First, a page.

What we desire. What we must do. How we can solve this or that. All thoughts lead us away from where our lives are actually lived: the here and the now.
This plays out in the garden as well. To counter this distraction and be fully present in our lives, especially in the garden, we must slow down and observe.
Observation takes us out of personal drama and anchors us in the reality of the natural world around us. We gain understanding and insight through observing what is right in front of us. Visual and olfactory acuity, pattern recognition, and watching developments over time, all expand as we observe. Sequences of planting, growing, and harvesting become apparent in their subtle progression, through observation.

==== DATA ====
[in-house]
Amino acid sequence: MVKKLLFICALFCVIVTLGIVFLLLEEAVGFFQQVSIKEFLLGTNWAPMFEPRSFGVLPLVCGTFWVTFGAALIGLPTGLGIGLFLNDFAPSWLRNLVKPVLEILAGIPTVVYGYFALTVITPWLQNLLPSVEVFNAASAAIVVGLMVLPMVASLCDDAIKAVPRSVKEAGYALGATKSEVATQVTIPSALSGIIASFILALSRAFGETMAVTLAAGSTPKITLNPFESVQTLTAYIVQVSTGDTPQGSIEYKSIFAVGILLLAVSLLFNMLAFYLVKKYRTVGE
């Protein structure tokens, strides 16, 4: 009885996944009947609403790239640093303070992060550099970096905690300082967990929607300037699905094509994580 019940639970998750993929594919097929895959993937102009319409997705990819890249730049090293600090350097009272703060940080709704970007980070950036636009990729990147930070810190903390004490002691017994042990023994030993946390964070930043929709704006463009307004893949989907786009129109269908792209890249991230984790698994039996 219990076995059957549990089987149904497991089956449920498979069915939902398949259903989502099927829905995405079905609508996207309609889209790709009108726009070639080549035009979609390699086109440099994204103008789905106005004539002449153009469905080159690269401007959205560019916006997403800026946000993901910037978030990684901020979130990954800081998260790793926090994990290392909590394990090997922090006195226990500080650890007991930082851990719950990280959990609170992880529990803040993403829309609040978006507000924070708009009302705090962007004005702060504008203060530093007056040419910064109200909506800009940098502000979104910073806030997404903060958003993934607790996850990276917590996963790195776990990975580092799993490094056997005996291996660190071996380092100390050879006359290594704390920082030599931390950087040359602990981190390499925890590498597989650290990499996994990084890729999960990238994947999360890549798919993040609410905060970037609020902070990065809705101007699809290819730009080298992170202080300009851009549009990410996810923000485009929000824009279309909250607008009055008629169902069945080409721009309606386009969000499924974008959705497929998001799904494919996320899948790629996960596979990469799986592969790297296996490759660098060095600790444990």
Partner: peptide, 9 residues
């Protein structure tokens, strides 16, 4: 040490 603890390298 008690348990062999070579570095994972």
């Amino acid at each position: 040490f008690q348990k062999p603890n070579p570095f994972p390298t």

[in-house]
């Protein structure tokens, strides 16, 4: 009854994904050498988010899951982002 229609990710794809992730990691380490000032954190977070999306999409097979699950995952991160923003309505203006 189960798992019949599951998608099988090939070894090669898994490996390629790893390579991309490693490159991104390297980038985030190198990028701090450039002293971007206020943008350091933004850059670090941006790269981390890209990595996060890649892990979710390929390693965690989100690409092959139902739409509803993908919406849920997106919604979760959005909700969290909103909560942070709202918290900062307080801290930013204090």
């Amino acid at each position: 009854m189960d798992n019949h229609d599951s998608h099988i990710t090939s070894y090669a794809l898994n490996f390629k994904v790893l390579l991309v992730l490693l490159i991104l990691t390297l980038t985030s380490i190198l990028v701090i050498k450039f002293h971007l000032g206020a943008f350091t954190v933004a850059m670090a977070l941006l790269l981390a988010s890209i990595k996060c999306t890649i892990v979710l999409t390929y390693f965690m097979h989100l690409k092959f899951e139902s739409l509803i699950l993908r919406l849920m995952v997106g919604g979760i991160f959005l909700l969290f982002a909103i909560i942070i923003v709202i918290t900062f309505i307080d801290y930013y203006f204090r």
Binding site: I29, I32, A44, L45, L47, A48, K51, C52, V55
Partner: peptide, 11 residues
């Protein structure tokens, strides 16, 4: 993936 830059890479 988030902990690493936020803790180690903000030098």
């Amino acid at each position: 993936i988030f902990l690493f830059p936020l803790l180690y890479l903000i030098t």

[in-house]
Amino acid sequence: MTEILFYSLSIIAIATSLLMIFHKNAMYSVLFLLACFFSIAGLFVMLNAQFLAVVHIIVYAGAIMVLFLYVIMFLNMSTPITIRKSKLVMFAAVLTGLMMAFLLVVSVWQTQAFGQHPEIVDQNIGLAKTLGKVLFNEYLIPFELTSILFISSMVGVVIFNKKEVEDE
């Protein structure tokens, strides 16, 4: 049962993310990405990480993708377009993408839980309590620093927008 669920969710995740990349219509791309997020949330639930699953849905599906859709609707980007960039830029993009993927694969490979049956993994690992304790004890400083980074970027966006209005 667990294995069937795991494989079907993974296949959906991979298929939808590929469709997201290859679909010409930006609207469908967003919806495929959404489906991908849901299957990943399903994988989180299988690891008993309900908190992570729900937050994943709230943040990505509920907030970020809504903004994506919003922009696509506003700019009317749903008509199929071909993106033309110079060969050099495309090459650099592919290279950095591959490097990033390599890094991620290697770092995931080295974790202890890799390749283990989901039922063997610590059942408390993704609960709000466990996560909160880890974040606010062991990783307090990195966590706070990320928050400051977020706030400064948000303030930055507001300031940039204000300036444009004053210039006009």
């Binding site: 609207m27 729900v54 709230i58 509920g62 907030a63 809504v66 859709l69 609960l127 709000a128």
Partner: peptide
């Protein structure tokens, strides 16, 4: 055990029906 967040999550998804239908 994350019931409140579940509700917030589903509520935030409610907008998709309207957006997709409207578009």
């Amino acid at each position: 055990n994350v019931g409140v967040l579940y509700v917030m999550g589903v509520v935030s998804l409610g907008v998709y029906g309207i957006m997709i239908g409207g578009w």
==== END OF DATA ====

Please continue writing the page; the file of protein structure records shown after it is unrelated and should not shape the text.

How can one observe? Try this the next time you are in a natural setting:
Sit quietly for a few minutes with your eyes closed. Let thoughts arise, but not linger. Take a deep breath, and open your eyes as you exhale.
What do you see? Are the plants around you green and vibrant, or brown and withered?
What shape and color are the leaves? Do you notice other life on the plants: insects, fungus?
How does the plant smell? If appropriate, touch the plant to see how it feels. Is it soft, stiff, scratchy? What do you hear and feel? Is the sun warm on your back? Is the breeze cool?
Now address the plants around you. Listen for a response. Breathe deeply several more times.
Then, honor the plants. Thank them for their beauty and for allowing you to experience them fully.
You will be surprised how much you can learn simply by paying attention. You will also be amazed at what rich experiences open up to you, through the act of observation.
— January Nordman